• What is Trading
  • Forex Market
  • Equity Market
  • Commodities Market
  • Derivatives Market

What is Trading?

  • It’s been there ever since man started painting symbols on cave walls and realized that in exchange for an arrowhead he could get paint
  • Since goods were first exchanged between people thousands of years ago, trading has been a great way of making profits
  • People started trading everything – real estate, cattle, sugar, cotton, gold, oil, food, clothes, weapons, technology, even art
  • Today even trading money for money is possible. Moreover, anyone can do it online, at any time and from anywhere
  • The financial market is the place where financial assets such as stocks, bonds, currencies and commodities are traded

Why People Trade

  • Some people are motivated to trade because they expect to gain a profit on their investment – we call them speculators
  • Speculators try to anticipate price movements and trade to make a profit by buying low and selling high
  • Some other people are motivated to trade in order to manage their risk – we call them hedgers
  • Hedgers trade in order to protect an asset they already have like the farmer who sells his crop before the harvest season
  • Besides trading to save, manage risk, and speculate some people trade simply because they find it challenging



Financial Markets

  • Financial trading all over the world takes place, either through a regulated centralized exchange or over the counter
  • “Exchange-traded” markets operate via a centralized exchange such as the NYSE, LSE, TSE, and many more around the world
  • OTC markets are decentralized markets made up of networks of different dealers who compete to link buyers to sellers
  • The foreign exchange or forex market – where you can buy and sell currencies like the euro and the dollar
  • The equity or stock market– where you can buy and sell shares of companies like Apple, Facebook and Ali baba
  • The commodities market – where you can buy and sell commodities like gold, oil, grains, sugar etc
  • The bond or fixed income market – where you can lend money to governments or corporations
  • The derivatives market – where you can trade financial contracts that obtain their value from an underlying asset


The Forex Market

  • The foreign exchange or forex market, is the financial market where currencies are traded or exchanged for one another
  • Biggest market in the world with an average volume exceeding 5 trillion dollars per day operating 24/5 from Monday to Friday
  • The foreign exchange market is an OTC market used by Individuals, financial institutions, businesses, governments…
  • Foreign exchange transactions occur because of international trade, tourism, borrowing and lending and speculation
  • Today most currencies are freely floating and their price is determined based on the demand and supply of each currency


Equity Markets

  • The equity market or share market is simply the place where shares or stocks are traded
  • Shares are financial assets that provide evidence of ownership in a company and hence a share in its profits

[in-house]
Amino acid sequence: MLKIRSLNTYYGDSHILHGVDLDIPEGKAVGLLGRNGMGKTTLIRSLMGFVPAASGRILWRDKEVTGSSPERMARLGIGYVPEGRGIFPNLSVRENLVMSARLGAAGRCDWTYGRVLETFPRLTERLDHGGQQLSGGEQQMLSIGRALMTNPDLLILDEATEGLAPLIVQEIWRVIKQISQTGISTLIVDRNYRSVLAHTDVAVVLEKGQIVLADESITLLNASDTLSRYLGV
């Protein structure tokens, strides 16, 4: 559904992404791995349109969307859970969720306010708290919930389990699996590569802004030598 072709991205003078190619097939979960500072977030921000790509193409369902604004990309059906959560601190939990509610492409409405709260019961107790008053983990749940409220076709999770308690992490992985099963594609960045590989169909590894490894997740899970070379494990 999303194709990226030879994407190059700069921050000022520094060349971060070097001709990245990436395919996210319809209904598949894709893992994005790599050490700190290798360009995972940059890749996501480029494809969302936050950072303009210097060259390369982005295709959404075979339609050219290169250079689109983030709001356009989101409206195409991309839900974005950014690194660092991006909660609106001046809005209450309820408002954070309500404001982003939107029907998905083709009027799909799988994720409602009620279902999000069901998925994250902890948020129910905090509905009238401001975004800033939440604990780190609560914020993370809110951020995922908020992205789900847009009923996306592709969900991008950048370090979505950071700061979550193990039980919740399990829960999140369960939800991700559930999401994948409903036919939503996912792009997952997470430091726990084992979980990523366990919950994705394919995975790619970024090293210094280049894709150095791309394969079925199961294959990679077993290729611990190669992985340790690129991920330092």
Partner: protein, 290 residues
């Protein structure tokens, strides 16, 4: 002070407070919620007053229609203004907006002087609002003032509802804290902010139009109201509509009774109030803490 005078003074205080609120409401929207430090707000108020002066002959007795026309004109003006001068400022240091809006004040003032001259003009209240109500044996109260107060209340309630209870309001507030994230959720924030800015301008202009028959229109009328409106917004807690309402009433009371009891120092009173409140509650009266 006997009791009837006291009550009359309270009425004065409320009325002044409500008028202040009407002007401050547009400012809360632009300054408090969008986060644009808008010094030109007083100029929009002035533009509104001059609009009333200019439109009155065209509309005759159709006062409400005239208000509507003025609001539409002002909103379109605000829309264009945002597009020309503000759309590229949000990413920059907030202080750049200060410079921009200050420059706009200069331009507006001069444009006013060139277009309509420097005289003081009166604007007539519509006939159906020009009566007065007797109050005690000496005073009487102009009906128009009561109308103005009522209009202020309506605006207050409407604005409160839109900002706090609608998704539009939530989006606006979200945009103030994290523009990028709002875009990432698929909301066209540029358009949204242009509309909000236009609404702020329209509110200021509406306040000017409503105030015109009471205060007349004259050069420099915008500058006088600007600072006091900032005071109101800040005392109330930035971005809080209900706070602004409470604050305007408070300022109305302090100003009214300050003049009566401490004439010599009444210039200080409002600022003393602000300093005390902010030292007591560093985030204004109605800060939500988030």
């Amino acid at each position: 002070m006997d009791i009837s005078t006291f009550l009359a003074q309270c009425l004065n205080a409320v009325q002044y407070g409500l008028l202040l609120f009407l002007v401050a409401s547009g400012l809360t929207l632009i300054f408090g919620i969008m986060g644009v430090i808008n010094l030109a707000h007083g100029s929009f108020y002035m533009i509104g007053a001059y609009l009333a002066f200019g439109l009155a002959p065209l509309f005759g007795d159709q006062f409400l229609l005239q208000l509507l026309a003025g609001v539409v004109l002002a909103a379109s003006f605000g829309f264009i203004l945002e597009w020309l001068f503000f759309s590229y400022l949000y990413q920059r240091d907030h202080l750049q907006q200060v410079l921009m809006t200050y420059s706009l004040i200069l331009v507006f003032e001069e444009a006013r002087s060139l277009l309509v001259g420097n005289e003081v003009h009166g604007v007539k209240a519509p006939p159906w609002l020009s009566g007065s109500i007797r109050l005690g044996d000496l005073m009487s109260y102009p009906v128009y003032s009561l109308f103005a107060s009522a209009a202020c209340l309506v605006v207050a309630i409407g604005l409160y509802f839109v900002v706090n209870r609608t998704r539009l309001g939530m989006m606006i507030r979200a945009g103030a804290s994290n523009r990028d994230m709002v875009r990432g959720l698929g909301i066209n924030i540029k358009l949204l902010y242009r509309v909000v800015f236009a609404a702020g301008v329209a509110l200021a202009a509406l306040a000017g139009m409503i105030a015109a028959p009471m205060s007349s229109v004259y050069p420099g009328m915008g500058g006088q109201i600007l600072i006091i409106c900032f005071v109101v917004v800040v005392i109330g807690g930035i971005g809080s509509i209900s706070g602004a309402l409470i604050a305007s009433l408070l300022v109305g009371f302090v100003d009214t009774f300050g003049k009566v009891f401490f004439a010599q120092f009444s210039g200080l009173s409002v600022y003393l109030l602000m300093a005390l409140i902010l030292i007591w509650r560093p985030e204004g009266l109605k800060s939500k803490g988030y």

• Shares of publicly listed companies like Apple and IBM are traded in a stock exchange like the New York Stock Exchange
  • If the company is profitable at the moment and expected to make more profits in the future the price of the share will rise
  • If the company is not profitable at the moment and is not expected to make future profits, its share price will drop

Commodities Market

  • The commodities market is the place where raw materials instead of manufactured goods are traded
  • Agricultural commodities – grains, food and fiber like corn, soybeans and cotton but also livestock and meat like cattle
  • Energy commodities – crude oil, brent oil, ethanol, natural gas and propane
  • Metal commodities – industrial metals like copper, lead and zinc and of course precious metals like gold and silver


Fixed Income Markets

  • The bond market or fixed income market is the place where investors and traders trade debt and securities
  • It is the market where borrowers that have shortage of cash, meet with investors that have surplus of cash
  • The main issuers of bonds are governments, semi government institutions like municipalities and corporations like IBM
  • When you buy a bond, you are lending the issuer money and they promise to pay you back in full, with interest in the future

Derivative Markets

  • Is an instrument whose value depends on – is derived from – the value of some other instrument, called the underlying asset
  • For example, oil derivatives derive their value from the value of oil in the oil market
  • Derivatives are divided into two categories based on the asset they derive their value from
  • Commodity derivatives are based on commodities – energy contracts derive their value from commodities like oil and gas
  • Financial derivatives are based on financial instruments – stock and index contracts derive their value from the stock or index

Types of Derivatives

  • Futures – a standardized contract to buy or sell an asset at a pre-determined price, at a specified date in the future
  • Options – a contract that gives the holder the right to buy (call option) or sell (put option) a security at a specified price
  • Contract for Difference (CFD) – a derivative contract used as a speculative tool against changes in the value of an underlying asset
  • Financial derivatives have many benefits such as margin trading, going long and short, and some being tax exempted
  • Margin trading however as in all cases can increase both the profit potential but also the risk so must be used wisely